A version of this story about the production design of “The Last of Us” first ran in TheWrap’s awards magazine Drama Series issue.
If HBO’s “The Last of Us” achieves anything as well as conveying the tension and dread of a post-apocalyptic society and zombies, it’s reliving the messy, savage agony of first love. While the series’ disastrous third episode depicted a same-sex romance for the ages, the show’s seventh episode, “Left Behind”, also explores this territory, with an older couple in the friends-as-possible phase. swaps. , Through flashbacks, the episode tells the story of Ellie (Bella Ramsey) who breaks out of her boarding school dorm to go on an outdoor adventure with mega-crush and military rebel Riley (Storm Reid).
Brave act? locating an honest-to-goodness retro mall designed by John Peno, which Ellie describes as “the most beautiful thing she’s ever seen”. Peno said: “It’s one of the few times you get out of the world of crumbling, crumbling everything. Ellie’s never seen lingerie. She’s never seen neon lights. It made us a great date- Knight episode. But of course we are in the world of ‘The Last of Us’ so nothing is always good. And beauty doesn’t last.
Peno and his team found a closed mall in Calgary’s Northland Village that contained the correct bones for this ritual sequence, which also serves as the origin story for the mysterious bite mark on Ellie’s arm that did not infect her. Was. “(The mall) was completely gutted and ready for the breaking ball,” said Peno, whose team essentially had to build an entire mall and slowly tear it down to give the impression of abandonment. . They populated the space with both fictional stores and real stores (Victoria’s Secret is especially notable), and even some fun Easter eggs. (Look for the name at the photo booth where Ellie and Riley takes pictures.)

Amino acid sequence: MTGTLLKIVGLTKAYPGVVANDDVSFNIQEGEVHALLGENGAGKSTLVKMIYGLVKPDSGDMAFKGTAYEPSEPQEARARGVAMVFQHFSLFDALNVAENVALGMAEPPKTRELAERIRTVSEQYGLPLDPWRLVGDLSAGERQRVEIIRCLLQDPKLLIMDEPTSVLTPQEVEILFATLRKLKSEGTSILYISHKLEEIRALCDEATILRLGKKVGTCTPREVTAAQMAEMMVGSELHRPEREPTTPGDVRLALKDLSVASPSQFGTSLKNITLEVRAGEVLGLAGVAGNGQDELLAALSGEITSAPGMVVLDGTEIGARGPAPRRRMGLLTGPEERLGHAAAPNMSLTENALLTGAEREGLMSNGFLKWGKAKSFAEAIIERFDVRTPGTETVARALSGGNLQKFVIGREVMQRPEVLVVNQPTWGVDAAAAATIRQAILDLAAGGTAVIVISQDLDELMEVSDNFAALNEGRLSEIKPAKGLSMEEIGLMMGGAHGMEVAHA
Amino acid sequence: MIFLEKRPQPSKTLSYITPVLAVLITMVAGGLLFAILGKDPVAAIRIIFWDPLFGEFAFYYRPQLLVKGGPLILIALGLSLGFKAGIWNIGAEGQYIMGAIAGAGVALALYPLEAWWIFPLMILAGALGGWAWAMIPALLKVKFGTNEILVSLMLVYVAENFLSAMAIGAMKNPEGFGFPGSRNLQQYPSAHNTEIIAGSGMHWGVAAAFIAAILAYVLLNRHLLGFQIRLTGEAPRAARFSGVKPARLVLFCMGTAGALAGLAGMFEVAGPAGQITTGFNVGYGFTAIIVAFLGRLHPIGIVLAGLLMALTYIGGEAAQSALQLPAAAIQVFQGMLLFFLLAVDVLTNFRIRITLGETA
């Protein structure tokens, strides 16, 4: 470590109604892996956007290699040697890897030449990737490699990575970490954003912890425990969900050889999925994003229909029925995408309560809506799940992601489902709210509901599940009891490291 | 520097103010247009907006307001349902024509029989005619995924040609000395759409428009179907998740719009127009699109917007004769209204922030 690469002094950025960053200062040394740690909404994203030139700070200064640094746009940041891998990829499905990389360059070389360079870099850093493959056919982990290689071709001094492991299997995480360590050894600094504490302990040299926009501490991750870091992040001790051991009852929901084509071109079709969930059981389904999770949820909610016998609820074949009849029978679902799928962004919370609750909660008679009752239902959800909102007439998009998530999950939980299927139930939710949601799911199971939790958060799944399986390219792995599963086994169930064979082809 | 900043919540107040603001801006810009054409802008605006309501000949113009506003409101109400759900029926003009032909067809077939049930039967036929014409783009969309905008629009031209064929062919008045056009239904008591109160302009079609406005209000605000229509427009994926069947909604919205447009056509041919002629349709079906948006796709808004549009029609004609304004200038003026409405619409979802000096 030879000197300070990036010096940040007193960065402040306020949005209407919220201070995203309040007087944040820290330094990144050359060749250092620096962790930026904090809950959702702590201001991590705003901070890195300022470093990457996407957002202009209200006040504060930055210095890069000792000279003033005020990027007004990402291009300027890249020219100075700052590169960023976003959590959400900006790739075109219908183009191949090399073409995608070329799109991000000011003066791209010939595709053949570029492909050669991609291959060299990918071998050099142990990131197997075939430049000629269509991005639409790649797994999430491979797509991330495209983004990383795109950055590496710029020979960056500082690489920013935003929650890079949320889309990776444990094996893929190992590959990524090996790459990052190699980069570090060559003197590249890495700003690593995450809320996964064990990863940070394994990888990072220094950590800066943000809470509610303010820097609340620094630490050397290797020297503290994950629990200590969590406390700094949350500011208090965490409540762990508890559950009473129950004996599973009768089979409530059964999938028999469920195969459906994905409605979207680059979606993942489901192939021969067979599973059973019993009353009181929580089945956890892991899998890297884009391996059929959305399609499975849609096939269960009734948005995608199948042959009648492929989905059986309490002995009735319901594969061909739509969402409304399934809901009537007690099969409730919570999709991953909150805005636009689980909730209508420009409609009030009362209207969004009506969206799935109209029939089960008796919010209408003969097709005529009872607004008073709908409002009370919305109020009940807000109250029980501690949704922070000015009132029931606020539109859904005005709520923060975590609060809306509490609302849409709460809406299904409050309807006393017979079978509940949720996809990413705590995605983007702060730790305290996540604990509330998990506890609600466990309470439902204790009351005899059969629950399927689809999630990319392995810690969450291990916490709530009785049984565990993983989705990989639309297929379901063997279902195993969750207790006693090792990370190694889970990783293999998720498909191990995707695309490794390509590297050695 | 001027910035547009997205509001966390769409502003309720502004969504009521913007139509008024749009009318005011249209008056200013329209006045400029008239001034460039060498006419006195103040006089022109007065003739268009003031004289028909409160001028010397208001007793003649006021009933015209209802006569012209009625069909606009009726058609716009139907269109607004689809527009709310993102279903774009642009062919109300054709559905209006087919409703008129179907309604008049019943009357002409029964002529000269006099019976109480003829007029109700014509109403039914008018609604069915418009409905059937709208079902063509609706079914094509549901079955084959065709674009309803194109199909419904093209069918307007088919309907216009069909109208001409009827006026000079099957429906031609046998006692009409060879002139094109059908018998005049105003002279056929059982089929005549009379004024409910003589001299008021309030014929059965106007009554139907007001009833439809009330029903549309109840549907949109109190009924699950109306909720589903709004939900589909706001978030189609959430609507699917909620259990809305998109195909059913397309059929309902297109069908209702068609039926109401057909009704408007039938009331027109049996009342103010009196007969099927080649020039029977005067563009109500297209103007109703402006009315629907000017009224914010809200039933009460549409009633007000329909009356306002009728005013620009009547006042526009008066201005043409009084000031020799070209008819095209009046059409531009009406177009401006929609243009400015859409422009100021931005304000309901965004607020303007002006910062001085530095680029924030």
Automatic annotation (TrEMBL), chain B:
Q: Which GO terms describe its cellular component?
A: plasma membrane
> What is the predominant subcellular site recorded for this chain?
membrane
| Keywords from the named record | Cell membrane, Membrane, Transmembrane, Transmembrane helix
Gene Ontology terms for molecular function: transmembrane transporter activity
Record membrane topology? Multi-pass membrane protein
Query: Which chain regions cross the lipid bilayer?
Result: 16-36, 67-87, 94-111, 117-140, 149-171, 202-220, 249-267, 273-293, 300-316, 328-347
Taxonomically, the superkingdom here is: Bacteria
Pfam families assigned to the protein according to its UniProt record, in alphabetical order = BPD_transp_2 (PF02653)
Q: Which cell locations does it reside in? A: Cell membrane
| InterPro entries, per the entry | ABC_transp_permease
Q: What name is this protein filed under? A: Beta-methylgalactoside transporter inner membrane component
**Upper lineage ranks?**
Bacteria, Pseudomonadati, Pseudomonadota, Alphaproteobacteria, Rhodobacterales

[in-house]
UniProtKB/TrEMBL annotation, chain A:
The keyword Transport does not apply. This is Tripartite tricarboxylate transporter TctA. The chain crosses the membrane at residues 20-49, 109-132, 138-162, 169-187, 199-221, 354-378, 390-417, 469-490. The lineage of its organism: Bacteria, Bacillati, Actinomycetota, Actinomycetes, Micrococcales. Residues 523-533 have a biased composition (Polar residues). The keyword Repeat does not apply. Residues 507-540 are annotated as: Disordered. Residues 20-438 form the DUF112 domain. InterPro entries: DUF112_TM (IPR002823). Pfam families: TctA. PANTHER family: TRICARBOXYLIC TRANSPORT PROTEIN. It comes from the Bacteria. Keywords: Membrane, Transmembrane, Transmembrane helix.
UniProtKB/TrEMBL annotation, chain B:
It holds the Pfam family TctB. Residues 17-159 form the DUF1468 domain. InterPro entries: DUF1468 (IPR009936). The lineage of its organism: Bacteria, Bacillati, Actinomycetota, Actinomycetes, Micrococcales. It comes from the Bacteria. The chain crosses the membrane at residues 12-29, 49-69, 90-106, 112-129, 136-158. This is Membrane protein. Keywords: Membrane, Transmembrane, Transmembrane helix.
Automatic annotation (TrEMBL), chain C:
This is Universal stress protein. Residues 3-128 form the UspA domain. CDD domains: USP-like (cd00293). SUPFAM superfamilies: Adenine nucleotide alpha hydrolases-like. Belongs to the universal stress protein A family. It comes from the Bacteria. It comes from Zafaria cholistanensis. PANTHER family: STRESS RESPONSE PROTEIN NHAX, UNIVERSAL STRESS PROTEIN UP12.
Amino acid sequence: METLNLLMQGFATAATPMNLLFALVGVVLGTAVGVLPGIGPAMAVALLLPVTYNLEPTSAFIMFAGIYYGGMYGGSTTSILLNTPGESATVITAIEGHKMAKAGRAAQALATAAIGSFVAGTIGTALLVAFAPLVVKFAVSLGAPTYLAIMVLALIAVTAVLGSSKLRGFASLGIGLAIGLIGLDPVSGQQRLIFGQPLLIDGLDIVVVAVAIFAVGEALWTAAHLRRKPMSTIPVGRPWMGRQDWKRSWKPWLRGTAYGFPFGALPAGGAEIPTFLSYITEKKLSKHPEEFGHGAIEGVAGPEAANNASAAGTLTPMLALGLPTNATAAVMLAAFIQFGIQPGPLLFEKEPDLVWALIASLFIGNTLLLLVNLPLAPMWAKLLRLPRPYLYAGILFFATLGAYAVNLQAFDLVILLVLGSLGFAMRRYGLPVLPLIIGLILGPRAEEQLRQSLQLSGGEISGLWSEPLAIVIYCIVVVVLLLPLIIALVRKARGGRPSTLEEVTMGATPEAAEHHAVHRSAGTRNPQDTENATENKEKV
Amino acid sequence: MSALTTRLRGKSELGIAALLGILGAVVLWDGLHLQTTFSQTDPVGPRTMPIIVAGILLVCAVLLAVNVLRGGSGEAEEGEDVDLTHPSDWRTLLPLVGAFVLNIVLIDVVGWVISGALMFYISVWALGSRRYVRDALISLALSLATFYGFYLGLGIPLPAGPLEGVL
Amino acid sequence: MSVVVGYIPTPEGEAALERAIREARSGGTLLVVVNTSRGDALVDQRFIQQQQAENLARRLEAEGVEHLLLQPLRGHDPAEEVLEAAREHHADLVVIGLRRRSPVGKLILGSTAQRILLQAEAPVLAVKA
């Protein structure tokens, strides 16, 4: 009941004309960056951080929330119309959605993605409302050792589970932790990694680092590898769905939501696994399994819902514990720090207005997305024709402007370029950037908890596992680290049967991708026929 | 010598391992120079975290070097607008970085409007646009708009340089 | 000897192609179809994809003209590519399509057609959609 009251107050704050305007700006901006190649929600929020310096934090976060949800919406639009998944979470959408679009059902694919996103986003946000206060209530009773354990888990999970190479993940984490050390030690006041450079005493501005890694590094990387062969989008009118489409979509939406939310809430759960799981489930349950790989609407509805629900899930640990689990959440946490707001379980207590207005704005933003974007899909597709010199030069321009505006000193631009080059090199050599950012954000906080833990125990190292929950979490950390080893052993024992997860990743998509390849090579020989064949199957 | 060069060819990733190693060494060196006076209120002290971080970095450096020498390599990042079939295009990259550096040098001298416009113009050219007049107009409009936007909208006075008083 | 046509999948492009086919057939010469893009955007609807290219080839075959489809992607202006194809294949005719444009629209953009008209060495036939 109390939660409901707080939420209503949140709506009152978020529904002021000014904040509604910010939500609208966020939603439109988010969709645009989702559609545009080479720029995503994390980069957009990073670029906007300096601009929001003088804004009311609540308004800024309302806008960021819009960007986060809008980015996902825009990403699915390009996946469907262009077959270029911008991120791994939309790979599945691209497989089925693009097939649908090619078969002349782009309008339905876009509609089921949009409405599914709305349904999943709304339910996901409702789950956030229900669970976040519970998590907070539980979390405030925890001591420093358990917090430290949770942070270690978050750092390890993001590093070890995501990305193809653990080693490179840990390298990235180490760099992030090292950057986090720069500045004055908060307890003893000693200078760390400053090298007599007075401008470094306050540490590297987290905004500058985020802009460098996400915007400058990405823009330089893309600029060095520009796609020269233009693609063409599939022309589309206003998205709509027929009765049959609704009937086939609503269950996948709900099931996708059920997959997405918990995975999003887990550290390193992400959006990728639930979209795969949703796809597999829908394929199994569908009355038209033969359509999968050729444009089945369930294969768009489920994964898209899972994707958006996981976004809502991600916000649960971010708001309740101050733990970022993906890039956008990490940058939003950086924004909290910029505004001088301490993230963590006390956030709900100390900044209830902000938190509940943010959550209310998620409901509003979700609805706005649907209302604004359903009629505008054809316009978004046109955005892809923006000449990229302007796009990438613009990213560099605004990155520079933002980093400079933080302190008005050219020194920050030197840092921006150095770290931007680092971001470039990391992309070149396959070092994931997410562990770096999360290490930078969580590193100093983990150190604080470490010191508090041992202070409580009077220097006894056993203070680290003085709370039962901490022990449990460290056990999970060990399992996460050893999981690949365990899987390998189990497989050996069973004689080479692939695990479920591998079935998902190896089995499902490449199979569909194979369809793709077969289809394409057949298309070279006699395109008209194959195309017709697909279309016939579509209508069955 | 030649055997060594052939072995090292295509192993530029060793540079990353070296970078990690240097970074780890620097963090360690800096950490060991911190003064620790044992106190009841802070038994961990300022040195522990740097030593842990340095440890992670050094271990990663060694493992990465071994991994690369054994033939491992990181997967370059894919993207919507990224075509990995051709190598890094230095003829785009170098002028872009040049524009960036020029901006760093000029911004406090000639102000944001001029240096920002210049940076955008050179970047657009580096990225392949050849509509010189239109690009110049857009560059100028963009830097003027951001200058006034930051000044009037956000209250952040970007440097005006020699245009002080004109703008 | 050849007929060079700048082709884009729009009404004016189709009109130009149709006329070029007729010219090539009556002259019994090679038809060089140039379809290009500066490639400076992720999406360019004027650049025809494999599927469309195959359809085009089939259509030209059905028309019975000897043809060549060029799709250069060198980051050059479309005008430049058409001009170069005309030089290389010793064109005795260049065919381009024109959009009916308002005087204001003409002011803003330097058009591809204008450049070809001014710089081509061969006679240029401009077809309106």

“All the stores had to be built from scratch and have to be as perfect as the designs from 20 years ago,” said Pano, who received Emmy nominations for his work on such acclaimed recent series as “Big Little Lies” and “This Morning.” Did. Show.” “At Pinball Arcade, we had to rebuild a lot of video consoles, and update all the software, because of issues with frame rates and whatnot. We also brought all the lights and the ferris wheel.
The interior of the mall set was also in need of some TLC combined with reverse engineering to represent its descent into disrepair. “Some of the things we made look crooked right off the bat, but carpenters have a hard time making things crooked,” he said. “We built very directly, and often our last layers of paint and wallpaper and molding were pulled out and distressed.” This included a cheeky used pop-up Halloween store written into the script, which set the stage for the episode’s more tragic events. Peno emphasized the theme of innocence and discovery through Ellie and Riley, saying, “We wanted to have an ethos of something that might seem tempestuous, but also kind of corny.”
Peno credits co-creator Craig Mazin for his tasteful, candid style, which doesn’t hat much on the political in particular, but as a Season 2 challenge, some design-forward visual commentary to ramp up Will not be ridiculed for. “I’m a sucker for putting up iconography, but we got away with it. We definitely had some stuff where we went through some billboards that were broken and things like that, but we didn’t really embrace it. It’s not the tone Craig wants to go with, and I totally understand that, but I’m a sucker for it and I’d love to do more of it. [laughs],